Azure Active Directory Branding
I’ve been building a lot of demos lately and noticed that I often configure the branding for Azure Active Directory. A lot of administrators have asked about where to configure this; so today, let’s have a quick run-through of setting up your Azure AD Branding configuration.
This is not a complex configuration by any stretch as Microsoft has made this really straight-forward to setup for us; but it is an important step to help establish your brand at login. This is quite important to communicate to your users logging into your resources and applications via Azure AD. It can help prevent credential loss — especially if combined with Multi-Factor Authentication. I’ll go through a bit of each of these things in this article.
First, let’s get logged into our testing subscription in Azure at https://portal.azure.com and make sure you’re not in production.
Now, let’s either search at the top for Active Directory, or use the navigation menu to browse to Azure Active Directory main blade. Next, click on the option Company Branding. You can also use this cheat URL here to jump to the correct AAD Branding blade.
Click on Configure and a new blade will load for you.
Now there are some requirements to upload the images files for your company branding:
Sign-In Page Background Image: 1920 x 1080px and <300KB file size
Banner Logo: 280 x 60px and <10KB file size
Square Logo: 240 x 240px and <50KB file size
Dark Theme Square Logo: same as other Square Logo (Except darker!)
Now, you should have some other text prepared to fit the rest of the fields for username hint, sign-in page text, and there is one trick here….
On the last option “Show Option to Remain Signed In” — if you select No on this toggle, it may impact some SharePoint Online and web applications in your Azure Active Directory by having users log in more often than previously. Just be aware of this option and test it in a non-production setting.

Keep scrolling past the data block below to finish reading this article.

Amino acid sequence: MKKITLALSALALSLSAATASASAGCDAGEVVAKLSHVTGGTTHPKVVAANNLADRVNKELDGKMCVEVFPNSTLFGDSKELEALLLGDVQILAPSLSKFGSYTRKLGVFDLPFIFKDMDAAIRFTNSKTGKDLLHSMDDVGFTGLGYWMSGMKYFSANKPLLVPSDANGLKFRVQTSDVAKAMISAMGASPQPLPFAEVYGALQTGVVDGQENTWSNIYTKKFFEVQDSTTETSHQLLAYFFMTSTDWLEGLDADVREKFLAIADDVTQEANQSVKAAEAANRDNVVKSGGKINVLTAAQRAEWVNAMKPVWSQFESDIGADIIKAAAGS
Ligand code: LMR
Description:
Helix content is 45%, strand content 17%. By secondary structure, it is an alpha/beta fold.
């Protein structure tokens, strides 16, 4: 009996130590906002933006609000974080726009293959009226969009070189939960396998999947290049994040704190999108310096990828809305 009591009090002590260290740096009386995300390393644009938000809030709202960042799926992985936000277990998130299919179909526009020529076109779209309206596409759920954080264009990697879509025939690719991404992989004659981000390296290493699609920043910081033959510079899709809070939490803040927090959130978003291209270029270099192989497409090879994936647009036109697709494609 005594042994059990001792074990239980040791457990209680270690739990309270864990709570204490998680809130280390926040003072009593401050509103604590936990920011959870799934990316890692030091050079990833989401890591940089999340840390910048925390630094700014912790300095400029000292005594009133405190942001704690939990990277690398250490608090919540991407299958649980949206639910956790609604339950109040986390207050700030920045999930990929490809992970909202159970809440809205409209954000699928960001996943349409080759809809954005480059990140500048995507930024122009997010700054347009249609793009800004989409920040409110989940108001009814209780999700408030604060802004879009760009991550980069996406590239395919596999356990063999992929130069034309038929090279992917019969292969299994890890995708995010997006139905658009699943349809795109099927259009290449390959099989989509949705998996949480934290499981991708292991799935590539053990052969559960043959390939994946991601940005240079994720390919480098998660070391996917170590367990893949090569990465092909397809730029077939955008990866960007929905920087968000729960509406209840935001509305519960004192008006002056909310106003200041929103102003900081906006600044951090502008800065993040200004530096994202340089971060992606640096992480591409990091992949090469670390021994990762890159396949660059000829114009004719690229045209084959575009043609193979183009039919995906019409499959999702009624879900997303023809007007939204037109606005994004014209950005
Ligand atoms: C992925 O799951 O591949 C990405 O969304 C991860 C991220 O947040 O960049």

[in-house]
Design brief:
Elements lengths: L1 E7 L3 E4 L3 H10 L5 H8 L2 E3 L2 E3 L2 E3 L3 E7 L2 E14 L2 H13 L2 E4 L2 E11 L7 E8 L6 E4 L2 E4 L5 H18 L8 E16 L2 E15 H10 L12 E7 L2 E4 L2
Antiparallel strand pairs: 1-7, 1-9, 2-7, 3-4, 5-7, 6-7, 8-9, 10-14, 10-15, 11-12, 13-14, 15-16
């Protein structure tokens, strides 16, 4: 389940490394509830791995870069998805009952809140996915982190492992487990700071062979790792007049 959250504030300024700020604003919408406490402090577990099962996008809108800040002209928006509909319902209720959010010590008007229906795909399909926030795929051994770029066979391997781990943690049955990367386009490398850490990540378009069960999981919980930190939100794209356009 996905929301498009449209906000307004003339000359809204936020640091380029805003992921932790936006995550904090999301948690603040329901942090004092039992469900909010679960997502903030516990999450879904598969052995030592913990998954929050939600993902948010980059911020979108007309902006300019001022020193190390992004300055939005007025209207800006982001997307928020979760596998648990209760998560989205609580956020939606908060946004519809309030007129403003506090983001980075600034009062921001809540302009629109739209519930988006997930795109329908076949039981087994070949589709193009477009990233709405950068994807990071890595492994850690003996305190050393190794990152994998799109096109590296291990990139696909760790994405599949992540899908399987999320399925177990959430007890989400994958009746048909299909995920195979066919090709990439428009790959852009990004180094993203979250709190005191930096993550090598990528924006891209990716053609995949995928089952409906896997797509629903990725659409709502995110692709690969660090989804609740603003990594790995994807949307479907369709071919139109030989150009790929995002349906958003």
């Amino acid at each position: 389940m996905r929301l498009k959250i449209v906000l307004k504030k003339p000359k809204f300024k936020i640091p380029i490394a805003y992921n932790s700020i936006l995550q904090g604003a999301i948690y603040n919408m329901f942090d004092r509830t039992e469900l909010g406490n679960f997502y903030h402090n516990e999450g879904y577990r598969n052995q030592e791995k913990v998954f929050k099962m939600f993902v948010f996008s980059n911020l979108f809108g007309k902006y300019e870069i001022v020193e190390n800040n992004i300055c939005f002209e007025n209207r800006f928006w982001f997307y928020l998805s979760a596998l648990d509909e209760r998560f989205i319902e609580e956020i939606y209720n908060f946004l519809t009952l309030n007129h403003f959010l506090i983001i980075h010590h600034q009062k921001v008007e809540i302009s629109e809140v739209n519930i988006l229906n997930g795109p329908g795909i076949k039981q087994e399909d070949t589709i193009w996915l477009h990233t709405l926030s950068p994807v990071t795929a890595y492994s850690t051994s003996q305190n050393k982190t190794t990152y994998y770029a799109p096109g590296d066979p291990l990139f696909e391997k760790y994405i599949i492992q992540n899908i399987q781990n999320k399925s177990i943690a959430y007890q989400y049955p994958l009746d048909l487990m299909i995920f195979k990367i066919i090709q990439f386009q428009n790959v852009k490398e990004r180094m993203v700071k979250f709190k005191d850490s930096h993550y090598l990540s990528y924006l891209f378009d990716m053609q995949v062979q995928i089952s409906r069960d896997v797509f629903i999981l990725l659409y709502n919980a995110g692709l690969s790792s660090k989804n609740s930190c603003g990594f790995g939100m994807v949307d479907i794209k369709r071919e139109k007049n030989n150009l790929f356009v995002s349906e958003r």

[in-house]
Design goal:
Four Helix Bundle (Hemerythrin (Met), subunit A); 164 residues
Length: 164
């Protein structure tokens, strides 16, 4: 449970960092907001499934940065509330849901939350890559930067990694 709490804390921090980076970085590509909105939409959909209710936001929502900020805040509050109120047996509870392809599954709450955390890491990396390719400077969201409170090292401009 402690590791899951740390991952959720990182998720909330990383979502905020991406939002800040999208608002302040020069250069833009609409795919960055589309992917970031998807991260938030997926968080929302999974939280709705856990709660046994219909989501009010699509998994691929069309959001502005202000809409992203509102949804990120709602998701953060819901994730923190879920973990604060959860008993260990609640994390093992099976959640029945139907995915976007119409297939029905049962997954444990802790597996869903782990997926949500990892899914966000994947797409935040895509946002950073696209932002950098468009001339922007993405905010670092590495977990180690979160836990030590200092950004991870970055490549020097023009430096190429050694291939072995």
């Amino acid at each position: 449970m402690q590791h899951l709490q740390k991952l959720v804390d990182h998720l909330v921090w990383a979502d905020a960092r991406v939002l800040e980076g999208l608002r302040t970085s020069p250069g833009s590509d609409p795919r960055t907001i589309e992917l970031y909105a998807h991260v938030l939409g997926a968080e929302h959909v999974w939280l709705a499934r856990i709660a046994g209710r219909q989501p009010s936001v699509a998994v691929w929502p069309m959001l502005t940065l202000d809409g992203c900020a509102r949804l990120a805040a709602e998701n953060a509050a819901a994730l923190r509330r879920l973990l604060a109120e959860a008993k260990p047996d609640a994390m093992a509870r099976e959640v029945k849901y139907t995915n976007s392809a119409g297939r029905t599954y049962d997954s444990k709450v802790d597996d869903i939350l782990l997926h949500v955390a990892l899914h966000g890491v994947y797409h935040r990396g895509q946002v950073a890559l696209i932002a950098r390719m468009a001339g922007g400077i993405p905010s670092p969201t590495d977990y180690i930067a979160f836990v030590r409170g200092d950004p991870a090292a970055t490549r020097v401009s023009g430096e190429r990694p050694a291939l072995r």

I’ve entered some branding options, so let’s look at the differences. Here is the settings saved:
You can see that now our Company Branding page within Azure Active Directory shows we have a default language configuration. If you are supporting multiple languages in your environment, consider adding images and wording that will help support each language for your users.
The default logon looks a lot like this:
Our newly configured options make our logon page look awesome:
Now your users will be able to more easily recognize they are on the correct page, and you can have a bit of fun setting it all up in your testing subscription. Remember to watch which subscription you are configuring! Now go test it out and get things setup so that your users have more information in their logon screens for Azure.
Bonus Round – MFA
Ok, if you’re still reading all the way down here, let’s take a bonus quick look at Multi-Factor Authentication!
You may need to add a trial license depending on your setup. In this case I’m using No licenses and we’ll go through adding them. From the Azure All Services page, search for Multi-Factor, then select the Multi-Factor Authentication result.
I chose to activate an Azure AD Premium P2 trial for free. In my demo subscription, it costs me nothing to add the trial! Excellent, let’s proceed.
Wait a few minutes, you may even need to log out & back into the Azure portal to have the features load. Once ready it looks a lot like this:
Click on “Use MFA to protect your users and data”:
You’ll be taken to a brief tutorial about setting up all your options, things to consider, and a lot of configuration detail overviews. You can browse these here: https://docs.microsoft.com/en-us/azure/active-directory/authentication/tutorial-enable-azure-mfa
Now, let’s jump into setting up a group to use MFA for testing.
Head into the All Services and search for Conditional Access. Click on the results for Conditional Access and load up the new blade.
Since we are doing this quickly….Name your Conditional Access Policy, select the group you wish to test (Do not include your Admin account here folks — you may get locked out during your testing!), Add Microsoft Management and any other apps you wish to test against, then select conditions and enable Sign-In Risk Assessment:
Now select Grant under Access Controls, then check Require Multi-Factor Authentication:
Click on Select, then Create. This policy will only report and not enable, but you have now configured (quite roughly) a Conditional Access policy to allow a group to test the following features:
-A specific group of users will be prompted to setup and use MFA
-Specific apps will require MFA for those users
-Logons deemed High or Medium risk will also be prompted for an MFA token
I’m hoping that you noticed under the Grant blade you can a lot of options to help secure your logons. In addition, you can require all of the selected options or require one of them; this is an excellent feature to help add some flexibility to your security implementation of Azure AD MFA!
Have fun testing!